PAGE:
The Google toolbar has been discontinued for later versions of Firefox and other Mozilla applications. The built-in features aren't as complete as the original toolbar. For example, the find_on_page search can only find multiple words when they're grouped together and doesn't have an individual button for each search word. The 'GoogleBar' is an addon for Firefox that will provide the function of the older toolbar. Most of the following text is relevant since the GoogleBar is very similar to the old Google toolbar so, if you're new to the toolbar, continue reading this page. THIS is a link to the Firefox addon page. As a side note... The default search engine is for Argentina. If you're not from Argentina, go into the options dialog box and choose your country from the drop-down list.
In the Virus and Spyware Protection page of the tutorial, I warn about spyware/adware-laden toolbars. The Google toolbar is not one of the offenders. While it does have the option to allow anonymous usage statistics, there is an option to turn it off. The Google toolbar has several features that i couldn't be without (especially when using IE - which is not exactly full featured). As you can see from the image below, the Google toolbar resides along-side the other toolbars on your IE window. It can be turned on or off like any of the other toolbars (VIEW >> TOOLBARS at the top of the page). It can be moved around like any other toolbar when the toolbars are unlocked (right-click on a clear area of the toolbars and select/deselect the 'lock the toolbars' option).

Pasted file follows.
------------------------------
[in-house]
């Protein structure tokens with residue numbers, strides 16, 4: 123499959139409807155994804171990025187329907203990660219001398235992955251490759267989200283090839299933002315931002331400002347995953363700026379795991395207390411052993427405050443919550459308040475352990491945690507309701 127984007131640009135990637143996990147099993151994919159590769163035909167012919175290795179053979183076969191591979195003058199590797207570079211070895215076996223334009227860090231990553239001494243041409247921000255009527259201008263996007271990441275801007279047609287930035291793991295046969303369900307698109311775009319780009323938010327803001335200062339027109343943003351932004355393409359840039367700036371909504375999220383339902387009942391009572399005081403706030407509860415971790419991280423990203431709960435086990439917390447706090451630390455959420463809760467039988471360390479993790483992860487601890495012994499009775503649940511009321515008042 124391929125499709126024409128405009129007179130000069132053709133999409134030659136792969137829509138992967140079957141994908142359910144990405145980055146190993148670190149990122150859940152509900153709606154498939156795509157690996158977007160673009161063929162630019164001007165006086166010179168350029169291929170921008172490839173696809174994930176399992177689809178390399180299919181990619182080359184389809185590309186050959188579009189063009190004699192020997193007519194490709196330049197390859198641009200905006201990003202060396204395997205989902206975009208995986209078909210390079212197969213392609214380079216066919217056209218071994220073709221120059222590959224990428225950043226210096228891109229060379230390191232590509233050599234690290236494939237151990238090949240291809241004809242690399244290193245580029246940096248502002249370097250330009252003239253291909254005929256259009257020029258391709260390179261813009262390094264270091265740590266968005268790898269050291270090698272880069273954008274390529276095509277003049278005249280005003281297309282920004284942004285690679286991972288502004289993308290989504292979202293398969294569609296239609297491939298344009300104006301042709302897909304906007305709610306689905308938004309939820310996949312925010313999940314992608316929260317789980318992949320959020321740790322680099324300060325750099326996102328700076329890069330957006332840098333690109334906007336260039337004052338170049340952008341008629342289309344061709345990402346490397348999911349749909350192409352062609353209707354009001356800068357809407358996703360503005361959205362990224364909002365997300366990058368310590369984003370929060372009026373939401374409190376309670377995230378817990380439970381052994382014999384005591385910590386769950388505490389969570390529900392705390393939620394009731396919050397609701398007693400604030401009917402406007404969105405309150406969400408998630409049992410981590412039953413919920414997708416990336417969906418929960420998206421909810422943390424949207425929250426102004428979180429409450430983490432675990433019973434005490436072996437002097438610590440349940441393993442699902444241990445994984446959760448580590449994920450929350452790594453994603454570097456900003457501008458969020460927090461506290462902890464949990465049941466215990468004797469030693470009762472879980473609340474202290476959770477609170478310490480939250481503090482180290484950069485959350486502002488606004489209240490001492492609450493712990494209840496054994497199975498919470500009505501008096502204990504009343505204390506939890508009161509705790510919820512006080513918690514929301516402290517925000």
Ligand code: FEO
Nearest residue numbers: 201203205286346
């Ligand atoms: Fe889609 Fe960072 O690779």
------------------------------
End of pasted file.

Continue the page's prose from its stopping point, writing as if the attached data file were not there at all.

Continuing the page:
Making Room for the Toolbar:
To use all of the functions of the Google toolbar, it needs a little extra space. Since I like to have as much space as possible for internet content, I don't want my toolbars to drop too far down in the window. To make everything fit as needed, I moved a few things around. I moved the address bar to the top row, I customized the button bar to remove the things I don't use (right-click a clear area of any IE toolbar >> select CUSTOMIZE), and I put the Google toolbar on the second row as you can see below. Please note that I resized the window to 800 pixels wide for this tutorial. If you're using a higher resolution (higher than 800 pixels wide) on your computer, you will have more room (left to right) than what's shown below.
If you use a lot of keywords and you need room for them, you can put Google on a third row as is shown here.
Many times, you have to search through very long pages to find a keyword in one of the pages that was returned when you performed a search. The Google toolbar has a 'highlight' feature that highlights all of the keywords on a page. This makes it very easy to find the information you need. The keywords are color-coded to make them easier to pick out of the page. The page below shows how the highlighting works. The button to select/deselect highlighting uses a highlighter pen as the icon. The page below is one of my web sites. The background isn't transparent, it simply matches the background of the computer tutorial.
Finding a Single Word: